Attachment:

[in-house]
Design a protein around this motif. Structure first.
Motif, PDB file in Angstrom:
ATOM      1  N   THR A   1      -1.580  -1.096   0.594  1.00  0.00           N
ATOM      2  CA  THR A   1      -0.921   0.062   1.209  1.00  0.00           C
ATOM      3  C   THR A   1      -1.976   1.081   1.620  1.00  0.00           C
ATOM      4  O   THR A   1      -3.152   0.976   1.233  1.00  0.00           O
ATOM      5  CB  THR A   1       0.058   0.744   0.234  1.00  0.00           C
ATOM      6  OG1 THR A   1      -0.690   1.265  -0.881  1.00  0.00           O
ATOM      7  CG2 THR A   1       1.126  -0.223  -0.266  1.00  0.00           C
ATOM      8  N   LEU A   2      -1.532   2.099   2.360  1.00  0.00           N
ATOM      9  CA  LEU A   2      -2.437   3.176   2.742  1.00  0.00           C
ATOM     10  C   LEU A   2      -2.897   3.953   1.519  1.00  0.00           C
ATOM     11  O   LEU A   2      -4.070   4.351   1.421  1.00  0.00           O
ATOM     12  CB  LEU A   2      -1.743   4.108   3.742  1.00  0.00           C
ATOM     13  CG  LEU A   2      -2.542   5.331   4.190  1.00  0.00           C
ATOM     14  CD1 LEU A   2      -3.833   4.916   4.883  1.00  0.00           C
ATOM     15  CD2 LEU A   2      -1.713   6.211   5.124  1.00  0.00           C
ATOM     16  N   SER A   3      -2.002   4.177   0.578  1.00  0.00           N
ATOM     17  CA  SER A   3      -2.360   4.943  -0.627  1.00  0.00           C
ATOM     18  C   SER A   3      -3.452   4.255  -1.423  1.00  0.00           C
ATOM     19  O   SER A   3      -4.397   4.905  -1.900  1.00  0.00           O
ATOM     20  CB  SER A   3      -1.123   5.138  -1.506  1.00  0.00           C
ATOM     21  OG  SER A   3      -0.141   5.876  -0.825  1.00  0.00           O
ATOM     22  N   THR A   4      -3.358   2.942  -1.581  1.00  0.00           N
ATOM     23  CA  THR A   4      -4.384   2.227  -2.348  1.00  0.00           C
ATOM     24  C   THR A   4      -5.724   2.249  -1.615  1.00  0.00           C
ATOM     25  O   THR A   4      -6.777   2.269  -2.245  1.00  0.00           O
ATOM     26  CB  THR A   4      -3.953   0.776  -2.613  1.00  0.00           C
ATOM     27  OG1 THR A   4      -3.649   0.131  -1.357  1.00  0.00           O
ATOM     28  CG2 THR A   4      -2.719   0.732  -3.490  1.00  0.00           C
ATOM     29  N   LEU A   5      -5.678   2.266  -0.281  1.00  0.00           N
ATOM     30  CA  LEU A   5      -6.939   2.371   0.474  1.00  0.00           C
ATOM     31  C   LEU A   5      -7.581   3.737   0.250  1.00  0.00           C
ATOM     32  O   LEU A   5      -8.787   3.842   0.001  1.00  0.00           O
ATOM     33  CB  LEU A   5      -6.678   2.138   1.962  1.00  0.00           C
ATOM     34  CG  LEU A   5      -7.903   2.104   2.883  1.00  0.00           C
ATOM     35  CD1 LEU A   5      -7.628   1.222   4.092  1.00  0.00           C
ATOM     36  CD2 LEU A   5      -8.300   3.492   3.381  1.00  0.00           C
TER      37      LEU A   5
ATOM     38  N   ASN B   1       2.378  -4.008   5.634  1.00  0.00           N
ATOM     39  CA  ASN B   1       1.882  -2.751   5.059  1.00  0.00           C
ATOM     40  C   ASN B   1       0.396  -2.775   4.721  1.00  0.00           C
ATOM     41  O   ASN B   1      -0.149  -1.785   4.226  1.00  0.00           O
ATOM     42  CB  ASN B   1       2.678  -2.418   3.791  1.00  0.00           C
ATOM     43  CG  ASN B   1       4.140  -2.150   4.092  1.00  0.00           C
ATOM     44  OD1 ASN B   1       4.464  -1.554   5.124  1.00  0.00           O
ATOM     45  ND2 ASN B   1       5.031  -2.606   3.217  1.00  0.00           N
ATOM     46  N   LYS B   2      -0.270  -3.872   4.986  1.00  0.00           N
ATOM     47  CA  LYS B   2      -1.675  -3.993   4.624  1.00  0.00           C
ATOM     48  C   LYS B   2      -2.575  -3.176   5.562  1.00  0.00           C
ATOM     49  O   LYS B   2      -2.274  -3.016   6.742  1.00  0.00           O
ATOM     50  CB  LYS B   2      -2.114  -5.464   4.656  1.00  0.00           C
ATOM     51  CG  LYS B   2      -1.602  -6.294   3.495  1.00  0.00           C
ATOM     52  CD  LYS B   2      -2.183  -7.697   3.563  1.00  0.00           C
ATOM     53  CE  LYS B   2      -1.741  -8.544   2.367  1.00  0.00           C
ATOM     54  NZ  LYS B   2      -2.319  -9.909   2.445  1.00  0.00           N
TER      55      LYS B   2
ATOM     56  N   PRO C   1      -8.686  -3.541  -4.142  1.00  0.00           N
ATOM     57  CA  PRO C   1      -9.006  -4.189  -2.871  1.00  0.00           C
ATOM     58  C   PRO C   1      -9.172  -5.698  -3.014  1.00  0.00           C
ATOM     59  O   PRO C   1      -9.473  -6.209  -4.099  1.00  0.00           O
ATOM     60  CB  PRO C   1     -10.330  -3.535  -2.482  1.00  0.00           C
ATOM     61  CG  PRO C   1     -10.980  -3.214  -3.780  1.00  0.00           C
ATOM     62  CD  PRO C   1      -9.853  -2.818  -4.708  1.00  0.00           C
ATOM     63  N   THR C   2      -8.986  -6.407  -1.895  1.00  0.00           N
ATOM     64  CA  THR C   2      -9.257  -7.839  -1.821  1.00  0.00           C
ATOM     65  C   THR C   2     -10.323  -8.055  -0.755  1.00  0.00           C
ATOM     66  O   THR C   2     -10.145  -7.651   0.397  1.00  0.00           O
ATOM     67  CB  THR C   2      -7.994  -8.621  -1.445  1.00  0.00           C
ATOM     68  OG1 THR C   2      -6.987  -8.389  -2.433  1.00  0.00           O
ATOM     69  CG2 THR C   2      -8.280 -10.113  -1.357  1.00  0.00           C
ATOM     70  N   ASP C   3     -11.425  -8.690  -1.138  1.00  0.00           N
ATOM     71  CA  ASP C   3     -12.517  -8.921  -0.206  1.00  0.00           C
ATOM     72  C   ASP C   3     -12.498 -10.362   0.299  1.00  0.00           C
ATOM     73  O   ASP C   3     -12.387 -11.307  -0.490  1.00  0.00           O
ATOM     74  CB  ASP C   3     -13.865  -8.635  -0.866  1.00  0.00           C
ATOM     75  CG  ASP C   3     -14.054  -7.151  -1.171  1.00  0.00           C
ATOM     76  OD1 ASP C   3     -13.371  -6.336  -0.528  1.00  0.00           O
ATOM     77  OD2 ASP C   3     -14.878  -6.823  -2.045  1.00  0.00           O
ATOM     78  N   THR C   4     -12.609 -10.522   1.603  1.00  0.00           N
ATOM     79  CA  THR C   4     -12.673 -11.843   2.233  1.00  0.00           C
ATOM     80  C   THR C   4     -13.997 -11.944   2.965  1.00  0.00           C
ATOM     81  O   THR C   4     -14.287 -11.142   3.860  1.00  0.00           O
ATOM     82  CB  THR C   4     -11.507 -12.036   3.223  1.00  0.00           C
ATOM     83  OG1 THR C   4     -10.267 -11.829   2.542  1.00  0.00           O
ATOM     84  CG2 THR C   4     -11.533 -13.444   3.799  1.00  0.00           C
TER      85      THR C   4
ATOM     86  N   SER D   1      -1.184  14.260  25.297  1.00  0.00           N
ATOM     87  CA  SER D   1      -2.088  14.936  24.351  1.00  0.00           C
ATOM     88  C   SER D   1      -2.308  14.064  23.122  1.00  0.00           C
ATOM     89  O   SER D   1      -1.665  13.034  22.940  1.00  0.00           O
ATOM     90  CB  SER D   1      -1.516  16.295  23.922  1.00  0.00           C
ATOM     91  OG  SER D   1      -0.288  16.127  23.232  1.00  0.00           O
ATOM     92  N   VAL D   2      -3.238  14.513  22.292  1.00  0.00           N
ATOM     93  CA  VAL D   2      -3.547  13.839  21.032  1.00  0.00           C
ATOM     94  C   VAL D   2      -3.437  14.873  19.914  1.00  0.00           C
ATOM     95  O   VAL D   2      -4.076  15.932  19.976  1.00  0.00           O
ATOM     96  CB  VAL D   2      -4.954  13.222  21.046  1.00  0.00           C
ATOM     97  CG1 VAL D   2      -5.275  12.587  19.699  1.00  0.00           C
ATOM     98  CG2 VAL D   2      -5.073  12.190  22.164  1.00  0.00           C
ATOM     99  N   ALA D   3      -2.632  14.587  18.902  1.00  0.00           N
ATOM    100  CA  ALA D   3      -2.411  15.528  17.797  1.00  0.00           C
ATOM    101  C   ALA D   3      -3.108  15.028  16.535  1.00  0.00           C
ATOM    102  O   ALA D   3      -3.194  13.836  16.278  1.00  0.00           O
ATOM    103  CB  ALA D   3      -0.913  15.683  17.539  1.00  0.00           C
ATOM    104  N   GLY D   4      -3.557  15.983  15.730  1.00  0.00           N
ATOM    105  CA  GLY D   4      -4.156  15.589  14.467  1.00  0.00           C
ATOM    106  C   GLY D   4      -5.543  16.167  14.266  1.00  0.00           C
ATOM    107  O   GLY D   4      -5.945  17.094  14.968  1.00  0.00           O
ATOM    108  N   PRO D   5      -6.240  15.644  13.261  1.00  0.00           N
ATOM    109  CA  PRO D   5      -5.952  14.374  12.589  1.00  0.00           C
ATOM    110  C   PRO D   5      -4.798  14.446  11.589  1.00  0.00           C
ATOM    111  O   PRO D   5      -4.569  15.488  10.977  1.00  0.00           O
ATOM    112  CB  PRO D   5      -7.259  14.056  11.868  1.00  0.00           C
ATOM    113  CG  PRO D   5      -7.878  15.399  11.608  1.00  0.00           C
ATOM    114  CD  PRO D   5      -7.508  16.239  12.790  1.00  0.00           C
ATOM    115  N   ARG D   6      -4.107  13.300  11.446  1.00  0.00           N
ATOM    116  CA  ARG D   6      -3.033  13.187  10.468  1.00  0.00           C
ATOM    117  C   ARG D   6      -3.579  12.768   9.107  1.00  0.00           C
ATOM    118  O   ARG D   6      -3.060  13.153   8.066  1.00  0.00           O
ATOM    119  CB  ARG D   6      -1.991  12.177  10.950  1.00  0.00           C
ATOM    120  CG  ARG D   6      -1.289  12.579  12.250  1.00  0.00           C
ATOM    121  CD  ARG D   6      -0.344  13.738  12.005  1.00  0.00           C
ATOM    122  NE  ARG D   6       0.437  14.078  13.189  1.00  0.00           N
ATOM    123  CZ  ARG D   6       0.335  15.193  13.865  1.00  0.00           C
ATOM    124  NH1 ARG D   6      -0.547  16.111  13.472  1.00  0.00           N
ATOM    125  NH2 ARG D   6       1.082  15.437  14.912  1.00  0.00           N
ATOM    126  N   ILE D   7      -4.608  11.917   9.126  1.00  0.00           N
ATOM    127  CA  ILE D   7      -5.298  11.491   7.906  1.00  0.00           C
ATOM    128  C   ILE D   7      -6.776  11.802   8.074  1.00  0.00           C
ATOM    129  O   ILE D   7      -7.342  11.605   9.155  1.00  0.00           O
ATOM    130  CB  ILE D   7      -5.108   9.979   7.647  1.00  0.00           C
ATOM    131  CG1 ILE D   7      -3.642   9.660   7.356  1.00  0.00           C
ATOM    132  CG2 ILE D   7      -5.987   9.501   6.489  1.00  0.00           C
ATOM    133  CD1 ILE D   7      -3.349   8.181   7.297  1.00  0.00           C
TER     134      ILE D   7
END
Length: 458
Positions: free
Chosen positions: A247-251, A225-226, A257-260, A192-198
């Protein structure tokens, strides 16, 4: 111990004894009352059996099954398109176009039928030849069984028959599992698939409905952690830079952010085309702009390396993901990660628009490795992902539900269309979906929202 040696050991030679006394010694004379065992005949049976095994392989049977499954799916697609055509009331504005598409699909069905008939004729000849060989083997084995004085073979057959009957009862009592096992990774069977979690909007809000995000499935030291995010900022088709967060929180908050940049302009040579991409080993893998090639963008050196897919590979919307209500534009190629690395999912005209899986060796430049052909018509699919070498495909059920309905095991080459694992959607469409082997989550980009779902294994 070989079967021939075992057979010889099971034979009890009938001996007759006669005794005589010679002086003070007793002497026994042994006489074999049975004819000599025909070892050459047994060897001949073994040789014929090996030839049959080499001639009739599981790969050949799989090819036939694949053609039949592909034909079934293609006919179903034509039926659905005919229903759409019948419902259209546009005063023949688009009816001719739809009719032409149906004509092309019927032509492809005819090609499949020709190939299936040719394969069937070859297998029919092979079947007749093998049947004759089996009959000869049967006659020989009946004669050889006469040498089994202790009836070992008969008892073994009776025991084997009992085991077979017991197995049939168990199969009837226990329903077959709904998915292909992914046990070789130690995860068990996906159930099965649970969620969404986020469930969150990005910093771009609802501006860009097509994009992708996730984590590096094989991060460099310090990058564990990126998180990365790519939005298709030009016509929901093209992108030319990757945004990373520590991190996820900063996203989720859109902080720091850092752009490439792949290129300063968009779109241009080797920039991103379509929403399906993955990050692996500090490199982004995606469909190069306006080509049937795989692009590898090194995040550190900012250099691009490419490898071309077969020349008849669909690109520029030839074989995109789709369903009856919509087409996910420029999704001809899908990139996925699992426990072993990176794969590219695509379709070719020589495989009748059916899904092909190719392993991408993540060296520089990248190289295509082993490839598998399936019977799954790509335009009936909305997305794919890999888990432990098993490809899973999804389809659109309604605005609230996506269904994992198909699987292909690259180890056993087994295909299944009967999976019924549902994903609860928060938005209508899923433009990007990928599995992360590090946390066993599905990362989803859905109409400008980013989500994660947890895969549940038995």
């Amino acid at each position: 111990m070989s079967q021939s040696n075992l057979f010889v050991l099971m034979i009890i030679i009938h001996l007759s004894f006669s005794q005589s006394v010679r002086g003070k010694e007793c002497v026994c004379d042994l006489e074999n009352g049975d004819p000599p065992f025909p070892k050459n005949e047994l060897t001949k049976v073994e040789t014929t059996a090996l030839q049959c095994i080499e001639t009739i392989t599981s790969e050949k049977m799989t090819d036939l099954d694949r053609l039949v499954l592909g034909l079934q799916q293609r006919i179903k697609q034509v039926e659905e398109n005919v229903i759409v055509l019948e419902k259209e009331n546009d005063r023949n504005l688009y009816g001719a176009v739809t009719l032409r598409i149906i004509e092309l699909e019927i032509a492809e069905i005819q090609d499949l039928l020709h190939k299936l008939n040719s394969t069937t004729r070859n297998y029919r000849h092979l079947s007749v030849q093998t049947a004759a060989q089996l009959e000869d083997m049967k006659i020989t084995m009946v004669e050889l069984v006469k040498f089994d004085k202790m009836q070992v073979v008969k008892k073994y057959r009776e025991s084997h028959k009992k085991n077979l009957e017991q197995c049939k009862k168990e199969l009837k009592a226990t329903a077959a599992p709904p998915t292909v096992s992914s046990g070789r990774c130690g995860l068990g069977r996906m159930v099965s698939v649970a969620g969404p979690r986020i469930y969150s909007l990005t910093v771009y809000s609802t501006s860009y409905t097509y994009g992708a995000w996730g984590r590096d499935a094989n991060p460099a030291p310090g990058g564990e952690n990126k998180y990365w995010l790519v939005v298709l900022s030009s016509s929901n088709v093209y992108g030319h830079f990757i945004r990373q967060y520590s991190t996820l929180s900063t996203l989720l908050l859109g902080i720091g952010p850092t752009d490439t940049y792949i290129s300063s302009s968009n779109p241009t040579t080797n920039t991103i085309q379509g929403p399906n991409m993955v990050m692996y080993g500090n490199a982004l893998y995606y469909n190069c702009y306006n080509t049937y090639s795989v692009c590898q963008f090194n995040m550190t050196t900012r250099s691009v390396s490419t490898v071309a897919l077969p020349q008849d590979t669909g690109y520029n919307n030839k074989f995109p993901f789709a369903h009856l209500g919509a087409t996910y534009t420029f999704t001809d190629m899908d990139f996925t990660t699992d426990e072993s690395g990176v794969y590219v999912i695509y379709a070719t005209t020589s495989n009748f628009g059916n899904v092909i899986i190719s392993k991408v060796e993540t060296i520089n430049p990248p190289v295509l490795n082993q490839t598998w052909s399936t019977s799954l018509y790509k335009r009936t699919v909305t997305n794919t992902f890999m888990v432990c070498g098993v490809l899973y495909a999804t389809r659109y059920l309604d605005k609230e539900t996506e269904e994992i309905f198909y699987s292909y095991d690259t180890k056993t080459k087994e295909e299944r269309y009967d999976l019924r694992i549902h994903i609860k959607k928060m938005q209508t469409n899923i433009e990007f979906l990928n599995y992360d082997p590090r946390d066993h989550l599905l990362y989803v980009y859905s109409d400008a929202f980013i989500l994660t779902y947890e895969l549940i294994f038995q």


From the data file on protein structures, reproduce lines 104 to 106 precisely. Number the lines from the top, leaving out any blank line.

ATOM    101  C   ALA D   3      -3.108  15.028  16.535  1.00  0.00           C
ATOM    102  O   ALA D   3      -3.194  13.836  16.278  1.00  0.00           O
ATOM    103  CB  ALA D   3      -0.913  15.683  17.539  1.00  0.00           C